The music chosen reflects a range of attitudes from the time; patriotic, pacifist and feminist, and will draw from gipsy music, music hall, soldiers' songs and even a song from the then radical avante-garde Cabaret Voltaire in neutral Switzerland.

    There are several overt ukulele connections in the show; the instrument initially came to prominence at the Panama – Pacific International Exposition in San Francisco in 1915, after which the first craze for the ukulele developed leading to an explosion of Hawaiian themed songs.

    One of the most successful recording artists in Britain during the years of World War One was George Formby Senior, the father of his now better known son, also known as George Formby. The son (who most people still associate with the ukulele) found success at first as an imitator of his father’s act. In 'When This Lousy War Is Over', the Orchestra will be strumming the song “Plink Plonk” by George Formby Senior.

    In our multicultural society music from all over the world is of increasing relevance and the history of our music can illuminate our history.

    This inspirational show includes stomping marches, early jazz, poignant ballads, catchy instrumental melodies and even a touch of Hawaiian music. It reveals that 'the instrument of the people', the ukulele, has a place in making this music live again as we remember both comradeship and sorrow.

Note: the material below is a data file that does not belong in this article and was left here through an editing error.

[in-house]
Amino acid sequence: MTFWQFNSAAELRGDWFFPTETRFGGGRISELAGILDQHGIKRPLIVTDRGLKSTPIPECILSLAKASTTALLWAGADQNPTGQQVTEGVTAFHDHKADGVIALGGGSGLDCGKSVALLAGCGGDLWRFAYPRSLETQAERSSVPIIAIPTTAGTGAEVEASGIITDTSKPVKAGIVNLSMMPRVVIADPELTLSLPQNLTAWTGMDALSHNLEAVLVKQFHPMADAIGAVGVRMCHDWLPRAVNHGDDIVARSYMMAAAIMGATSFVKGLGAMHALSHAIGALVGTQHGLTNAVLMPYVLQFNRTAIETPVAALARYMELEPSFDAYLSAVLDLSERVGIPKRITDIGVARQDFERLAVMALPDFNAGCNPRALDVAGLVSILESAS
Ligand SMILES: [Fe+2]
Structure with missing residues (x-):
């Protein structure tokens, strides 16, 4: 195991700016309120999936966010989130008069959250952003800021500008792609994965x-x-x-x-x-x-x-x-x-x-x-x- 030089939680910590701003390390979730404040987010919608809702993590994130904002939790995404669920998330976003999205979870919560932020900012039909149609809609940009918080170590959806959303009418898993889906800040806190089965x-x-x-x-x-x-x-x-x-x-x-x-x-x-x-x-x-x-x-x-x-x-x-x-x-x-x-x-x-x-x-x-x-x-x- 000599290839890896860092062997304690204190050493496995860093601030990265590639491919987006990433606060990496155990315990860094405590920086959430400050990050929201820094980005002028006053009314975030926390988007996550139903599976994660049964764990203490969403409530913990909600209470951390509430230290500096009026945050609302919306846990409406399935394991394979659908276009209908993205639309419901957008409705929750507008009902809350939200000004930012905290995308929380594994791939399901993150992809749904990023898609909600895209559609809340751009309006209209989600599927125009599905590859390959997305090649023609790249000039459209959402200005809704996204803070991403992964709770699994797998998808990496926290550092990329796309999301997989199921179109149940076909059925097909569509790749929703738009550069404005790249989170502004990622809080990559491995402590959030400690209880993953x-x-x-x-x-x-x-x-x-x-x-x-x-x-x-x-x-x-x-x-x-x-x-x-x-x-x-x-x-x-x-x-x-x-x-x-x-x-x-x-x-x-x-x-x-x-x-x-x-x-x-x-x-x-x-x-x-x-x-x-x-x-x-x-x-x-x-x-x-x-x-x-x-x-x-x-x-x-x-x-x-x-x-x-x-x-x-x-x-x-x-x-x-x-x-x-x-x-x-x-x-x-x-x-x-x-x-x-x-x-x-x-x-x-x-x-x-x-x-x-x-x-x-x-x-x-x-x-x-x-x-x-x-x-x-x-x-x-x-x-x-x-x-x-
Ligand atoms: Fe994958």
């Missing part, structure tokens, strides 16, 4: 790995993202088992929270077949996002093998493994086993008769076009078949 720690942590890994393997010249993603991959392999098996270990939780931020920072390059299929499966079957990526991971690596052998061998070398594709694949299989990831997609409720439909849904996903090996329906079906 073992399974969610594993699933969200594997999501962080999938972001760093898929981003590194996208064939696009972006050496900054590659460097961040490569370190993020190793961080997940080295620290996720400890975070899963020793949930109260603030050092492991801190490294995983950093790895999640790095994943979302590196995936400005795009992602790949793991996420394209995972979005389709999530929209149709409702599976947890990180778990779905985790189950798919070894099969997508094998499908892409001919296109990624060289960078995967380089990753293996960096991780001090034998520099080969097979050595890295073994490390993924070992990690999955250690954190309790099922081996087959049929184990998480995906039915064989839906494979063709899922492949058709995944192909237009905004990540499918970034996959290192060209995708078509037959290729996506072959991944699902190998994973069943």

The programme features The Ukulele Orchestra of Great Britain's trademark humour, originality and passion. The musical pieces will be framed by a narrative, with stories taken from original war diaries and memoirs written by relatives of the Orchestra. One grandparent told an unusual first hand account of an incident that took place at the 'Christmas Truce' in No-Man’s-Land. Other songs have been passed down by family members, who had sung them at the time of the conflict. This is a personal show. Although the war took place a century ago its reverberations and consequences are still with us all.

    Lichfield Festival
    Lichfield Cathedral
    Performance starts at 7.30pm
    Tickets
    Box Office: 01543 412121

  • Chris Evans Breakfast Show Appearance

    We were the not so mystery mystery guests on the BBC Radio 2 Chris Evans Breakfast show this morning. George, Peter and Leisa chatted with Chris about the right term for a ukulele player, playing a nano uke, the rise of the instrument and the correct song to play on ukulele in a music store! You can now listen again on the BBC iplayer from 02:10:00 for the next 29 days.

  • By Royal Invitation

    On the 21st April 2016, The Ukulele Orchestra of Great Britain performed at a private 90th birthday party for Her Majesty Queen Elizabeth II. The event, which was closed to the press, was attended by immediate members of the royal family, and took place at Windsor Castle. The Orchestra is proud to have played by request for the longest reigning monarch in British history.